When you have done a first draft, you may find it useful to talk it through with a qualified health and safety professional or to make an appointment to see your local Health and Safety Information Centre, if one has been set up in your area (see sheet 10 or contact RoSPA Tel: 0121 248 2233 or email: help@rospa.com for further details).


Example of simple Health and Safety Plan

The Go-ahead Manufacturing Company: Health and Safety Action Plan

Part A. What we’re trying to do.

We aim to:

  • avoid accidents and damage to people’s health and cutting corners on health and safety to try and save time and money;
  • ensure that we pay as much attention to health and safety as any other key business objective;
  • always follow safe systems of work;
  • avoid buying in unsafe products;
  • work to legal requirements as a minimum standard to be achieved;
  • always insist on high standards of health and safety when dealing with others; and
  • strive for continuous improvement in health and safety performance.

How we’re going to do it.

We will always:

  • make sure we consider health and safety whenever we plan anything (however small);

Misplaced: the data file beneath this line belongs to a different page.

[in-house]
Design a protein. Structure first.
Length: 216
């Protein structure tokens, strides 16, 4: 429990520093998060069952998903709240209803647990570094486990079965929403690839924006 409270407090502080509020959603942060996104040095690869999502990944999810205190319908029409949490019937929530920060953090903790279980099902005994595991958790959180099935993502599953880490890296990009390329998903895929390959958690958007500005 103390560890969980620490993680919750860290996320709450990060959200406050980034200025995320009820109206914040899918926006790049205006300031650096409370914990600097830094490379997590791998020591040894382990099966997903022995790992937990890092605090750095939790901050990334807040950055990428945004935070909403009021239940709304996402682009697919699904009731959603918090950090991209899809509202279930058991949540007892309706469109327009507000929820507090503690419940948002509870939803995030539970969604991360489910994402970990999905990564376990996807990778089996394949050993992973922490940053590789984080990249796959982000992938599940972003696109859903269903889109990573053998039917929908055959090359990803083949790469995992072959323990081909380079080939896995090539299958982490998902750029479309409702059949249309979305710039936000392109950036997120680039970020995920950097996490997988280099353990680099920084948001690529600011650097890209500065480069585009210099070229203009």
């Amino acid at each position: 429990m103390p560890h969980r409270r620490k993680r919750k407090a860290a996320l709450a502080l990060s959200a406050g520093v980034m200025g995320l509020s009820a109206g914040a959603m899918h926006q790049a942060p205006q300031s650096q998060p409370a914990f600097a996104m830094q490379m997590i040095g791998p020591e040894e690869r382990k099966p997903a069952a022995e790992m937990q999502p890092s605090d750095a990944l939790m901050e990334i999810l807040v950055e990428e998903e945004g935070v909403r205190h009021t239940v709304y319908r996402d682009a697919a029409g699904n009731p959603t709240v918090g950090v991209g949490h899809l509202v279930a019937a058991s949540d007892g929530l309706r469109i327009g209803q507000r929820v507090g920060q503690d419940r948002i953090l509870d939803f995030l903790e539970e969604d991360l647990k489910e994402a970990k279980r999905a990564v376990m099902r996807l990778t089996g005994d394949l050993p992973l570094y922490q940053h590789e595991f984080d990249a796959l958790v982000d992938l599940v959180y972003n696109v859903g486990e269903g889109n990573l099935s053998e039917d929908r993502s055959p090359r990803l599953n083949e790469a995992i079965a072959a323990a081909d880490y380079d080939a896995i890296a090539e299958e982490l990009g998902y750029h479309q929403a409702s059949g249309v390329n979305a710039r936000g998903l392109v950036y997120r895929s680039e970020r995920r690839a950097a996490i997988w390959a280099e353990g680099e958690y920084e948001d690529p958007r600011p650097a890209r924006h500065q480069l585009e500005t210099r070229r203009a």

• identify hazards, assess risks to see whether our control measures are adequate or need to be improved and (see below);
  • set ourselves measurable health and safety standards and targets with dates for implementation;
  • monitor how well we are achieving them (for example, through inspection) and record results;
  • report and record all accidents and incidents and investigate them to see why we have not been able to prevent them;
  • consult everyone to get their views about possible health and safety problems and solutions;
  • communicate all necessary health and safety information;
  • provide necessary training for everyone so they can meet their health and safety responsibilities;
  • get advice from outside competent specialists whenever we need it;
  • meet basic workplace welfare requirements, have appropriate first aid and fire precautions and employers liability insurance; and
  • make time every three months to see how we’re doing, record our findings, and, where necessary, set new targets for improvement.

Who is responsible for what?

  • Josephine Soap, as overall managing director, has overall responsibility for health and safety in the company;
  • Joe Soap and Tom Thumb, as supervisors must make sure safe systems of work are always followed and carry out regular monitoring;
  • Every member of staff must co-operate in following safe procedures, report problems and make suggestions for improvements;
  • Our contractors and suppliers must provide us with all necessary safe information and co-operate with our health and safety requirements.

Signed

Josephine Soap, Managing Director. 1/11/2004

PART B. The Go-ahead Manufacturing Company

Record of Risk Assessments

Hazards Risks Control Measures
What could cause harm? Machinery? Chemicals? Manual handling? Electricity etc? What could happen? How bad could it be? How likely is it? Who could be affected?

What is the risk level, high medium or low?
What do we need to do to prevent harm? Is it adequate?

Do we need to do more? If so, by when?